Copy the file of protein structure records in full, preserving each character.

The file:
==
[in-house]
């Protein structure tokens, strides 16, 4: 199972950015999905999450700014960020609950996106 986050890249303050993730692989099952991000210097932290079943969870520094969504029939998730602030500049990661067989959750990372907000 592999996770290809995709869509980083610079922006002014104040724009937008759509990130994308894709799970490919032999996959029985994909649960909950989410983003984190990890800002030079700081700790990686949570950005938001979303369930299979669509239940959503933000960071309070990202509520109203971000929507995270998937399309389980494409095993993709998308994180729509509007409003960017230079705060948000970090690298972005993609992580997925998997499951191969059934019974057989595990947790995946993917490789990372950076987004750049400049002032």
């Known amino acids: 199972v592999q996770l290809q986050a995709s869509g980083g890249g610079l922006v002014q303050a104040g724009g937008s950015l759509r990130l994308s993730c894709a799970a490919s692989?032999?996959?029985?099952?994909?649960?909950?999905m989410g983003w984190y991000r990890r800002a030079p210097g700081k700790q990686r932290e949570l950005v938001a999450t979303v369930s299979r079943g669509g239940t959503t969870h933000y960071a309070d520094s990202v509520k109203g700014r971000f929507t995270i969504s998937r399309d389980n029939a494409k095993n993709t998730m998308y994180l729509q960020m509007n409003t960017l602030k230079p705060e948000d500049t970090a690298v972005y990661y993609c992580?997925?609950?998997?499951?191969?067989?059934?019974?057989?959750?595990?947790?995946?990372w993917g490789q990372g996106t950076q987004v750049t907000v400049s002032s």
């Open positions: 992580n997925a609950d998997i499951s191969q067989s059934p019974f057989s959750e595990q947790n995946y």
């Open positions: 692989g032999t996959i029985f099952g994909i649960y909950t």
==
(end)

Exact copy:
[in-house]
């Protein structure tokens, strides 16, 4: 199972950015999905999450700014960020609950996106 986050890249303050993730692989099952991000210097932290079943969870520094969504029939998730602030500049990661067989959750990372907000 592999996770290809995709869509980083610079922006002014104040724009937008759509990130994308894709799970490919032999996959029985994909649960909950989410983003984190990890800002030079700081700790990686949570950005938001979303369930299979669509239940959503933000960071309070990202509520109203971000929507995270998937399309389980494409095993993709998308994180729509509007409003960017230079705060948000970090690298972005993609992580997925998997499951191969059934019974057989595990947790995946993917490789990372950076987004750049400049002032």
């Known amino acids: 199972v592999q996770l290809q986050a995709s869509g980083g890249g610079l922006v002014q303050a104040g724009g937008s950015l759509r990130l994308s993730c894709a799970a490919s692989?032999?996959?029985?099952?994909?649960?909950?999905m989410g983003w984190y991000r990890r800002a030079p210097g700081k700790q990686r932290e949570l950005v938001a999450t979303v369930s299979r079943g669509g239940t959503t969870h933000y960071a309070d520094s990202v509520k109203g700014r971000f929507t995270i969504s998937r399309d389980n029939a494409k095993n993709t998730m998308y994180l729509q960020m509007n409003t960017l602030k230079p705060e948000d500049t970090a690298v972005y990661y993609c992580?997925?609950?998997?499951?191969?067989?059934?019974?057989?959750?595990?947790?995946?990372w993917g490789q990372g996106t950076q987004v750049t907000v400049s002032s």
């Open positions: 992580n997925a609950d998997i499951s191969q067989s059934p019974f057989s959750e595990q947790n995946y």
């Open positions: 692989g032999t996959i029985f099952g994909i649960y909950t």